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Arch Microbiol. 2006 Mar;185(2):83-90. Epub 2005 Dec 10.

Dissimilation of C3-sulfonates.

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  • 1Department of Biology, The University of Konstanz, 78457, Konstanz, Germany.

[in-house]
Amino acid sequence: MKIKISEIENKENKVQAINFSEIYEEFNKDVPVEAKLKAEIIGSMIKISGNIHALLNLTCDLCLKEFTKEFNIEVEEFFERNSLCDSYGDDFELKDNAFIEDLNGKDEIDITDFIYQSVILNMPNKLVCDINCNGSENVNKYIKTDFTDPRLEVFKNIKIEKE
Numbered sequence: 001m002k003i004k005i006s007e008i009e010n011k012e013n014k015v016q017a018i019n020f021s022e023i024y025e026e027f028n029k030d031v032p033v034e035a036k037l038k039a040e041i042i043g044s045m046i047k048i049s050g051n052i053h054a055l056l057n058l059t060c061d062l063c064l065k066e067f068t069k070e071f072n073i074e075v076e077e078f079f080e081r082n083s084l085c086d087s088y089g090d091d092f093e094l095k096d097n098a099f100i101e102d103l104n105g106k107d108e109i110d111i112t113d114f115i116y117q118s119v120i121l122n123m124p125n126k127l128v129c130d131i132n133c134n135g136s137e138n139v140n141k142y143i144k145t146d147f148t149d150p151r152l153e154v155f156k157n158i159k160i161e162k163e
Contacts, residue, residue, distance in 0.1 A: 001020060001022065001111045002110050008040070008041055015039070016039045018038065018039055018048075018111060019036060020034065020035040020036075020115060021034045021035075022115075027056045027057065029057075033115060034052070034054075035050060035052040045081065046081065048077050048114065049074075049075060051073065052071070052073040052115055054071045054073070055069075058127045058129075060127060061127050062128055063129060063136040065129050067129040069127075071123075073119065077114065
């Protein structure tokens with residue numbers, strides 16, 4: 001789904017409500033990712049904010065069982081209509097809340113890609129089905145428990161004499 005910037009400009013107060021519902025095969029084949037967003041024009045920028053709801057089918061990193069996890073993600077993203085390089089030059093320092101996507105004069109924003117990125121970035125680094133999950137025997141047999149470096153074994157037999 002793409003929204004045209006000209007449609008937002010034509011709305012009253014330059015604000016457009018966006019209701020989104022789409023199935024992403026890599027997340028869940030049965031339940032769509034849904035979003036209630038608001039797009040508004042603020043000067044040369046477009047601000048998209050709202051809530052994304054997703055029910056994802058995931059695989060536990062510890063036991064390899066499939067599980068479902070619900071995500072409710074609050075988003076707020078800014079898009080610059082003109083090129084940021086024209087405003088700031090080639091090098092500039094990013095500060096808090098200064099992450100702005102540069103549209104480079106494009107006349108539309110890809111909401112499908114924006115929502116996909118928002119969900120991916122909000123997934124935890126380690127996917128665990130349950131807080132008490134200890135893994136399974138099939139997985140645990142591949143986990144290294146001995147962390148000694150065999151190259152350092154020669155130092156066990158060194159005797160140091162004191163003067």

Cysteate and sulfolactate are widespread natural products in the environment, while propanesulfonate, 3-aminopropanesulfonate and propane-1,3-disulfonate are xenobiotics. While some understanding of the bacterial assimilation of cysteate sulfur has been achieved, details of the dissimilation of cysteate and sulfolactate by microbes together with information on the degradation of the xenobiotics have only recently become available. This minireview centres on bacterial catabolism of the carbon moiety in these C(3)-sulfonates and on the fate of the sulfonate group. Three mechanisms of desulfonation have been established. Firstly, cysteate is converted via sulfopyruvate to sulfolactate, which is desulfonated to pyruvate and sulfite; the latter is oxidized to sulfate by a sulfite dehydrogenase and excreted as sulfate in Paracoccus pantotrophus NKNCYSA. Secondly, sulfolactate can be converted to cysteate, which is cleaved in a pyridoxal 5'-phosphate-coupled reaction to pyruvate, sulfite and ammonium ions; in Silicibacter pomeroyi DSS-3, the sulfite is excreted largely as sulfite. Both desulfonation reactions seem to be widespread. The third desulfonation mechanism is oxygenolysis of, e.g. propanesulfonate(s), about which less is known.

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